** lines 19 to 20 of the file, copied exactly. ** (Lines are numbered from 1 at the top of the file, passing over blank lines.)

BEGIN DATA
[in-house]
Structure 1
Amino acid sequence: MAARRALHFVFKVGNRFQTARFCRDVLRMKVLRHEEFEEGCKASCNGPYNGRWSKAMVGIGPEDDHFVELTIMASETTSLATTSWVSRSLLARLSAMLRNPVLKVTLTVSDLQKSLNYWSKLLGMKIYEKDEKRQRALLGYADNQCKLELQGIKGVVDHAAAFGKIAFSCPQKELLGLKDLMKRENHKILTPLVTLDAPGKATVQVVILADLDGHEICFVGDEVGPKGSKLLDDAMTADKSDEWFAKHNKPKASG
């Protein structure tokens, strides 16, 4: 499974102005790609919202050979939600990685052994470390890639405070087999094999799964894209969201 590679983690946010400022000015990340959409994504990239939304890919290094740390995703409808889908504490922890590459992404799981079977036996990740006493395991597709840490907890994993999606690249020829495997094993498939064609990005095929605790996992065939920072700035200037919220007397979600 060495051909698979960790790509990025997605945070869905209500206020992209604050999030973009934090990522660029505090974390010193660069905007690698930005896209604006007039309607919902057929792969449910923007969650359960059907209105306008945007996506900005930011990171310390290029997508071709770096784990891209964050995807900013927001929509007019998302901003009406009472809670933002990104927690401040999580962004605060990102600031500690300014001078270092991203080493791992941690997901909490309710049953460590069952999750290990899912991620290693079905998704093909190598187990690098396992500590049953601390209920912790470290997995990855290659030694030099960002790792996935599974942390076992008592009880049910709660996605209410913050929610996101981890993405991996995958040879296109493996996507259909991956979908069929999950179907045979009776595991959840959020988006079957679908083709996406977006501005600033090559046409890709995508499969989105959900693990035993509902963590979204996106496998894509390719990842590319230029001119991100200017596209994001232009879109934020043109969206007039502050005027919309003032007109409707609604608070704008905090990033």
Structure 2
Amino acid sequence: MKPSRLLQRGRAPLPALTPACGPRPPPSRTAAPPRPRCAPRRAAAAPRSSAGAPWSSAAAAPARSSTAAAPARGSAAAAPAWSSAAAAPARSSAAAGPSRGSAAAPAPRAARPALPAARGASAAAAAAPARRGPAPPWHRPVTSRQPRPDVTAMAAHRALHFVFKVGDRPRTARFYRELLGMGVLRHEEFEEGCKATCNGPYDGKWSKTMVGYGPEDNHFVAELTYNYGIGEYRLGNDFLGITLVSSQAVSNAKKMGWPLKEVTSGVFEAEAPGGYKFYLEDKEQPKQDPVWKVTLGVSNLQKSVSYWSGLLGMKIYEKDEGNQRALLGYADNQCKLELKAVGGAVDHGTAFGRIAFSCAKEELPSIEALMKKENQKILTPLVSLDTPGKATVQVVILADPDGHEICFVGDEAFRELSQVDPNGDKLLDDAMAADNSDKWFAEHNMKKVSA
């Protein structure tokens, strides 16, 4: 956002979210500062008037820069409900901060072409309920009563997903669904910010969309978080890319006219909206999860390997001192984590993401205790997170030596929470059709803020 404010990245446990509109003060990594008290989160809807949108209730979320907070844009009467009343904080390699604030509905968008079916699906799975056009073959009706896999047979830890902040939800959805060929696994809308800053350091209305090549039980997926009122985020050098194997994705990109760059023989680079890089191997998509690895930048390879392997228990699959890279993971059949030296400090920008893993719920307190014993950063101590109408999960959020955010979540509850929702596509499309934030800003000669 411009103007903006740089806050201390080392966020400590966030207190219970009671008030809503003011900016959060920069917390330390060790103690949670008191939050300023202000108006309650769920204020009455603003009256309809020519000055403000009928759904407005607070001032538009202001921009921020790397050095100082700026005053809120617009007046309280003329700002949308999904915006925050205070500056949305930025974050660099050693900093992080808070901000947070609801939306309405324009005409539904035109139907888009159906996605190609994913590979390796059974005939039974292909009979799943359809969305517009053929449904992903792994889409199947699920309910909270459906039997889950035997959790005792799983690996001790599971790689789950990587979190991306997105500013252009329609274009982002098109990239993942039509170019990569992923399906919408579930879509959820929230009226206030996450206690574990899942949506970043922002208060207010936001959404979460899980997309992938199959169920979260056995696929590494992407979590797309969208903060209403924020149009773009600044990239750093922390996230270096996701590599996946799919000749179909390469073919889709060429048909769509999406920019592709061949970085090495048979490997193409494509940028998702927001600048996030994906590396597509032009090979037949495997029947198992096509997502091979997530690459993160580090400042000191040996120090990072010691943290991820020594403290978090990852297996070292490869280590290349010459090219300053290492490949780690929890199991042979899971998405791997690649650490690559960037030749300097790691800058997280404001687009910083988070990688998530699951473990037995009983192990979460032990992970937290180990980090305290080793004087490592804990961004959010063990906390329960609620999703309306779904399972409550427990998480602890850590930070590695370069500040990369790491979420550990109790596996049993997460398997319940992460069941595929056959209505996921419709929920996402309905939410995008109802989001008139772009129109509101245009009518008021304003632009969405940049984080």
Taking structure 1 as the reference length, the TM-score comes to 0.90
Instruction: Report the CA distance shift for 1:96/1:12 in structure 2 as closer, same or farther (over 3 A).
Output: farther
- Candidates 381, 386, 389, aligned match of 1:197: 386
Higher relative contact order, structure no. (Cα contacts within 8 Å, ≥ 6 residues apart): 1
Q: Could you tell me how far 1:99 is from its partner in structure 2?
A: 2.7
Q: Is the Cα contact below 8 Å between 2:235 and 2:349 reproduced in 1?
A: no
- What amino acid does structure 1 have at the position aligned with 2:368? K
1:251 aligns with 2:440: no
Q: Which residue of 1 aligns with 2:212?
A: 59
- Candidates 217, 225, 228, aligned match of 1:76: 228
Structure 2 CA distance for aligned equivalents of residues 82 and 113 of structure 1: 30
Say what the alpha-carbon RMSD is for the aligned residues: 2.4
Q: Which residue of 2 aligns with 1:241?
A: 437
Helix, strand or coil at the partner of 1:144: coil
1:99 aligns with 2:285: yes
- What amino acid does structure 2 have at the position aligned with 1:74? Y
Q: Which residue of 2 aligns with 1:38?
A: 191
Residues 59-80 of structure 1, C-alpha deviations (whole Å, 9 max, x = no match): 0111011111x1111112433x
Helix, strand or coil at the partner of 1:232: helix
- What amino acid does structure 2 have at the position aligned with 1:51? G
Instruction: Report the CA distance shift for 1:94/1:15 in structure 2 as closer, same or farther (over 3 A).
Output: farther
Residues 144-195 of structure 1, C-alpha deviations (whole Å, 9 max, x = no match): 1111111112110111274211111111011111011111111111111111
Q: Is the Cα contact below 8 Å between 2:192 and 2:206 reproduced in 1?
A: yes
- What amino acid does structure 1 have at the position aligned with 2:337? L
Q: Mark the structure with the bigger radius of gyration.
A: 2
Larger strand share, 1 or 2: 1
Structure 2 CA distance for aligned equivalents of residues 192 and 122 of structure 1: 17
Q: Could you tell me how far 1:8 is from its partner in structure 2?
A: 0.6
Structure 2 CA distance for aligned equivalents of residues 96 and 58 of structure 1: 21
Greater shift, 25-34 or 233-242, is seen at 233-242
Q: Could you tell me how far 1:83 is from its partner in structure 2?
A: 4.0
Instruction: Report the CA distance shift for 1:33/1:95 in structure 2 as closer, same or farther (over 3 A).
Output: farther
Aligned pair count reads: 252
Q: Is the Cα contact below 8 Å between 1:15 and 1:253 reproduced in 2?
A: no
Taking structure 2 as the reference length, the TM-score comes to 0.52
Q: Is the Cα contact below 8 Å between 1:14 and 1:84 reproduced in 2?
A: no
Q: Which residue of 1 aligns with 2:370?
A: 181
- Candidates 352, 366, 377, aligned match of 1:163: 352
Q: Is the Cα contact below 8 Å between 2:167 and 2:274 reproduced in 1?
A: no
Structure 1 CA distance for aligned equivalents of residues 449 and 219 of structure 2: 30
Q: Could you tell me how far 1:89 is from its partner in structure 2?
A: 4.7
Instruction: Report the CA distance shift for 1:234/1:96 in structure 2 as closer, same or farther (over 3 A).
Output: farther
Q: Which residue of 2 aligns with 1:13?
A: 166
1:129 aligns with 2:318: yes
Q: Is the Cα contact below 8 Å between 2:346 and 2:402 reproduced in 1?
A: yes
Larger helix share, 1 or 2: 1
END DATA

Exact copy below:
Q: Which residue of 1 aligns with 2:212?
A: 59